The United States and Official Language

Categories: PoliticsRhetoric

I tried to walk into this paper with an open mind. I came into it already of the opinion that no America should not make English the official language. I had never given the question the amount of thought that I should have given it, to say I have an opinion on the subject. So I engaged in a few conversations with people whose opinions I respect. These people were from, what I thought, were of different sides of the argument.

I searched for articles or websites that would give me an idea of other arguments in favor of the subject. I was hoping somebody out there could change my mind. I actually enjoy being given an opinion that will change my mind. To me, this tells me that I am still able to keep an open mind. Keeping an open mind is something I question more and more about myself as I get older and the roots of my opinions grow stronger.

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When I walked away I felt as though I now had enough points of view and differing arguments to put together my own opinion. What I came up with was nothing different. I still believe that there is no need for Official English. Not only that there is no need but also that it could do more harm than help.

As I tried to decide for myself whether America should adopt English as the official language I had to start by asking myself a few questions. What does it mean to make English the official language of the United States of America? In searching for the answer to this question I come across proenglish.

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org, a website for an organization that advocates to make English the official language of the United States or as they refer to it Official English. says “Having English as our official language simply means that for the government to act officially, or legally, it must communicate in English. It means the language of record is the English language, and that no one has a right to demand government services in any other language.”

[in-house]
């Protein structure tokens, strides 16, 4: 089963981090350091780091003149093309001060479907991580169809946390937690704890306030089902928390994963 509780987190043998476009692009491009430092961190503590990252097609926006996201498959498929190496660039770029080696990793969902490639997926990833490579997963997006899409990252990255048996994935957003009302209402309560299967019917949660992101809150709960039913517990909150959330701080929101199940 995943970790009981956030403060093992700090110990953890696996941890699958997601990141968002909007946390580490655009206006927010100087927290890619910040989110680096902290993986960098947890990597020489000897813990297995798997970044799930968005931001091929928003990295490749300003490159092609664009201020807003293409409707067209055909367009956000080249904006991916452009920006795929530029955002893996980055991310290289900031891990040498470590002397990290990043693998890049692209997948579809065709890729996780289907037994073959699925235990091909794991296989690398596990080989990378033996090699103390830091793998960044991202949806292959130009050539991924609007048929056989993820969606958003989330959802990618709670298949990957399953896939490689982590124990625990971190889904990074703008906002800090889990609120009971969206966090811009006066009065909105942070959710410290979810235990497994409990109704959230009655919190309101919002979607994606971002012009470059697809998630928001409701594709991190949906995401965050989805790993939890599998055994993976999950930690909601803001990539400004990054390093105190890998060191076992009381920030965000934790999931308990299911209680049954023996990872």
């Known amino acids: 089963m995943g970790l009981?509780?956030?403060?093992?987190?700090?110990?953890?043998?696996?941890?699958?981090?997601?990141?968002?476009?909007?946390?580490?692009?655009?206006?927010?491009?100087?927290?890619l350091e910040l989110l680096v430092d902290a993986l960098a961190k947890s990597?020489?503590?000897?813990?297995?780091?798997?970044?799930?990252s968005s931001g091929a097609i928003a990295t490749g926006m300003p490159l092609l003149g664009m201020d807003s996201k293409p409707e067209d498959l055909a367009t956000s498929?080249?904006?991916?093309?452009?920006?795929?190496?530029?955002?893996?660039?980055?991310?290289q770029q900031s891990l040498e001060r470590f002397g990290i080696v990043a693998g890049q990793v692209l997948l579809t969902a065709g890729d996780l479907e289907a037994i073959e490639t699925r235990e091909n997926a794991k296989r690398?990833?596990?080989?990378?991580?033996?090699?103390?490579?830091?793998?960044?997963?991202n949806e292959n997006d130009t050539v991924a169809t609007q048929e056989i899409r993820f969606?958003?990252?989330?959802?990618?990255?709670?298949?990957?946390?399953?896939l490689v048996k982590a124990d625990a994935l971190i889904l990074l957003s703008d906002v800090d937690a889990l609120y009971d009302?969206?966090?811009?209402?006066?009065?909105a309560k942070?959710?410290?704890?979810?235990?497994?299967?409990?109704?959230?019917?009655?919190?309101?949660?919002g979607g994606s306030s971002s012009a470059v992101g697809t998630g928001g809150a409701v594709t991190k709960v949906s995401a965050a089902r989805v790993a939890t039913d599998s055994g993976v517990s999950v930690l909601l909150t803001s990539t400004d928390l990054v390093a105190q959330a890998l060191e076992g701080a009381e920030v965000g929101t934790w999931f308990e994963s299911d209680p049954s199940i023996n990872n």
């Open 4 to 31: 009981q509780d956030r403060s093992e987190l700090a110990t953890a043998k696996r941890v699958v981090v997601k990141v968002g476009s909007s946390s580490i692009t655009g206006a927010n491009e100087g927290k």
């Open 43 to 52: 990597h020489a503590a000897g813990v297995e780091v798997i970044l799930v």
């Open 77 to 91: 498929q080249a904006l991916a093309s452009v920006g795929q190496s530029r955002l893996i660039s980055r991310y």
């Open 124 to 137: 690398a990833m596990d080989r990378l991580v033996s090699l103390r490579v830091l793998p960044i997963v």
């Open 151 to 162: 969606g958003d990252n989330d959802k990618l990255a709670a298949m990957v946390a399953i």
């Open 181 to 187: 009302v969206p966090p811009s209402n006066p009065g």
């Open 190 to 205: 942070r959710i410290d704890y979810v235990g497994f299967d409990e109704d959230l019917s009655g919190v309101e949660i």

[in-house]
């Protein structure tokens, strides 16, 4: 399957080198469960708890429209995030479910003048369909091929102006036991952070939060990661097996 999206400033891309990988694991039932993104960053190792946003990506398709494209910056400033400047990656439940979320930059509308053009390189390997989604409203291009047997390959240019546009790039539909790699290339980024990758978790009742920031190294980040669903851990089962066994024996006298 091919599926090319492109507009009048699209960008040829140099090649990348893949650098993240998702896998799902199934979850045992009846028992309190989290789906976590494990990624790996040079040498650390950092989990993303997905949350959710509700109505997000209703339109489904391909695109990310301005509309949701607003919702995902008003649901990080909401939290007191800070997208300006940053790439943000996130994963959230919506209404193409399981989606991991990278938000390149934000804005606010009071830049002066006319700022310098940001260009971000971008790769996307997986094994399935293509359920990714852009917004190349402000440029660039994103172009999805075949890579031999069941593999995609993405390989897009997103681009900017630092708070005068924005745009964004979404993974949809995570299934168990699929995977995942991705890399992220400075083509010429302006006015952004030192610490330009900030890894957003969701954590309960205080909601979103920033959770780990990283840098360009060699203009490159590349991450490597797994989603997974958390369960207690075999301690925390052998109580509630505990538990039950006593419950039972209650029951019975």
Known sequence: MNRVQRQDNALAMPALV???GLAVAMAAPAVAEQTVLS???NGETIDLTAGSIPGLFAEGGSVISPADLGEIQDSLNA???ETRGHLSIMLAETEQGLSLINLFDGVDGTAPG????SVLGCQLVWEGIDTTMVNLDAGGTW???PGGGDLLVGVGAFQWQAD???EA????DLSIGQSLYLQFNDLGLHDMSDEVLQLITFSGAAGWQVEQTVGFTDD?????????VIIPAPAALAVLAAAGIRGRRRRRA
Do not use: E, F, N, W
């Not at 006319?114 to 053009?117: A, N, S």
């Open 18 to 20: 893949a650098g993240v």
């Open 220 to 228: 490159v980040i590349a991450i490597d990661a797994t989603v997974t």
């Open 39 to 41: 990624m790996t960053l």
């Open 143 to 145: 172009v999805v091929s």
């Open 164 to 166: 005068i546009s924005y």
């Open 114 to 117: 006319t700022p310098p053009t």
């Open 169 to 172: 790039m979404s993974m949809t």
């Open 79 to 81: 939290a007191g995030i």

I now must ask myself another set of questions. Why should we make English the official language of the United States? What is the point of making English the official language? One of the argument’s that I have come across in my research is that making English the official language of the United States of America would save the government money. In an article from The Washington Post, Brandon Brice writes.

“There would be savings; official English would save billions in federal spending. The direct cost of translators and bilingual education alone are billions, and many of these costs are born by local governments. In Los Angeles in 2002, $15 million, or 15 percent of the election budget, was devoted to printing ballots in seven languages and hiring bilingual poll workers. Los Angeles county hires over 400 full-time court interpreters at a cost of $265 per day. In 2000, President Bill Clinton signed into law Executive Order 13166, which forces health care providers who accept Medicare and Medicaid payments to hire interpreters for any patient who requires one, at the providers’ own expense.”

At first I was understanding and agreeing with this argument. As a thought about it a little more I have to believe that this is not true. Let us imagine that with Official English we can now eliminate the need to produce forms in different languages. Doing this does not cut down the number of printed forms that are needed. To cut the number of forms that need to be printed stays the same, because the number of people needing the services that these forms are for, stays the same. All you are really doing is increasing the number of forms needed in English. This same theory applies to the thought that the government would be able to save money not needing to employ translators, or bilingual education. Now all you have done is moved the need. You no longer need translators, but you are still in need of more employees because your current employs cannot handle the new demand. Same with the bilingual students. All you have done now is moved them on to a different class and the need is still there for those positions they have only been named something different now.